President Obama met with business leaders at the White House today to discuss ways to reduce health care costs for businesses on this second day of health care discussions.
The president pointed to companies like Microsoft and Johnson & Johnson -- two of the five companies represented at the roundtable -- as examples of firms that have seen their bottom lines improve by putting in place efficient health care measures.
He added that these companies will be "informing the health care reform discussions that take place here in Washington" and can serve as a model for other companies and even the federal government.
"There's no quick fix, there's no silver bullet," Obama said in brief remarks following the roundtable. "When you hear what Safeway or Johnson & Johnson or any of these other companies have done, what you've seen is sustained experimentation over many years, and a shift in incentive structures, so that employees see concrete benefits as a consequence of them stopping smoking or losing weight or getting exercise. The provider incentives are aligned with the employee incentives as well, and changing the culture of a company."
The Obama administration, which has made health care a top priority, is touting its partnership with health care industry heavyweights and expressing confidence that a bill will pass this year. But some critics expressed skepticism about voluntary cost cuts.
At Monday's meeting at the White House -- which the president called a "historic" and "a watershed event in the long and elusive quest for health care reform" -- health care industry leaders pledged to trim health care costs by 1.5 percent annually over the next decade.
The savings would add up to $2 trillion by 2019, the White House said, and could save the average family of four $2,500 a year in the next five years.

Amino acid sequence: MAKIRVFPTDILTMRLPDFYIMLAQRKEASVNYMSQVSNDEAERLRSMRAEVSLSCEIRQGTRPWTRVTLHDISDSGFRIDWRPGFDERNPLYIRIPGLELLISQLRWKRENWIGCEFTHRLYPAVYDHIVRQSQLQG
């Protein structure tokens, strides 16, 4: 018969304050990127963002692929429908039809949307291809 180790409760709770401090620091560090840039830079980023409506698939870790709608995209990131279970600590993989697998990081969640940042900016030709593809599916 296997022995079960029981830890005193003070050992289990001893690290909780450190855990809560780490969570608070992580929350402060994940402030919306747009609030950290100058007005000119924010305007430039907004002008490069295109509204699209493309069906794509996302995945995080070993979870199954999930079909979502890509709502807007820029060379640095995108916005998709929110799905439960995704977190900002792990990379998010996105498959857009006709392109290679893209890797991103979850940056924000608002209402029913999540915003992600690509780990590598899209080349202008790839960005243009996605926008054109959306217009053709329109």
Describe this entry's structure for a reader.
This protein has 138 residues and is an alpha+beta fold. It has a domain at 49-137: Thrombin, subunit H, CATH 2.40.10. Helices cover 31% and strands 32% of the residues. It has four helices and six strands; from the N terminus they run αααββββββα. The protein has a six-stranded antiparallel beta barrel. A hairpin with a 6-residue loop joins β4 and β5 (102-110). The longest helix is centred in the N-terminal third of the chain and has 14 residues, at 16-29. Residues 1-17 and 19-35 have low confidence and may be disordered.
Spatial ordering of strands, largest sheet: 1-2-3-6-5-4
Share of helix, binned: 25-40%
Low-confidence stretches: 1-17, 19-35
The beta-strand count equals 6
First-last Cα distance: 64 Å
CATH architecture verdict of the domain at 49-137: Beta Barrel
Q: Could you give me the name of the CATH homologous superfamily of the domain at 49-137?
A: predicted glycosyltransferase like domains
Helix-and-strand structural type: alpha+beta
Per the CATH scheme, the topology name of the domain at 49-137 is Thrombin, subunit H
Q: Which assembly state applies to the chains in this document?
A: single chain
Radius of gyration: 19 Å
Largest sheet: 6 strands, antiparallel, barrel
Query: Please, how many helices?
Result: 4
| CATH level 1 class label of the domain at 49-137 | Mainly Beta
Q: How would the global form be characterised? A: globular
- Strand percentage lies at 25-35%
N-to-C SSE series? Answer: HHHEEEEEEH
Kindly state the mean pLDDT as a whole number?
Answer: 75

But with little specifics so far on how cost cuts would actually be implemented by the industry, critics said the plan may meet the same fate as the failed health care plan President Jimmy Carter tried to put in place in 1977.
"The story today is one of largely wishful thinking about cost control," said Ted Marmor, a professor of public policy and management at the Yale University School of Management. "No one should believe either that the industry representatives can, even if they wished, control the behavior of their groups."
On how the plan would be enforced, Obama's newly minted Health and Human Services Secretary Kathleen Sebelius said the president has made it clear he wants to see action quickly. The president has said before that he wants to see an officially specified a time frame.
"I think that the industry leaders promised to come back to the president with specifics. What kinds of steps are going to be taken, how quickly. He made it clear yesterday that first of all, he's very committed to passing health reform this year," Sebelius said on "Good Morning America." "There is no other option but getting a bill passed this year, and secondly, he expects the industry leaders to begin work on cutting costs well before a bill is passed. So he wants us all to go to work together."
Obama told health care players at the meeting Monday, "You've made a commitment. We expect you to keep it," per White House press secretary Robert Gibbs.